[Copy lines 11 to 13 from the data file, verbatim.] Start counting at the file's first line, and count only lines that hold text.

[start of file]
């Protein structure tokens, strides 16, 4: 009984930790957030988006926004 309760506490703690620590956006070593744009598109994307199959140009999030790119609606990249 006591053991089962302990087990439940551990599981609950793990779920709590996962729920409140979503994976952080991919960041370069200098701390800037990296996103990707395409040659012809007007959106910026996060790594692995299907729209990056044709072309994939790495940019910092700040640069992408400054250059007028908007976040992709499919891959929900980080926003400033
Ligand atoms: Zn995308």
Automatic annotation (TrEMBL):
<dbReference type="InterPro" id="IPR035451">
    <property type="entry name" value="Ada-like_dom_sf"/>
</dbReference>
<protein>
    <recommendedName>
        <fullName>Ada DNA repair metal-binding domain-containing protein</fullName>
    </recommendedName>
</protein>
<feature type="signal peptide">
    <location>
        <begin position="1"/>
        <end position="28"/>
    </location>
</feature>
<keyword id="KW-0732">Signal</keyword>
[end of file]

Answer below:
</protein>
<feature type="signal peptide">
    <location>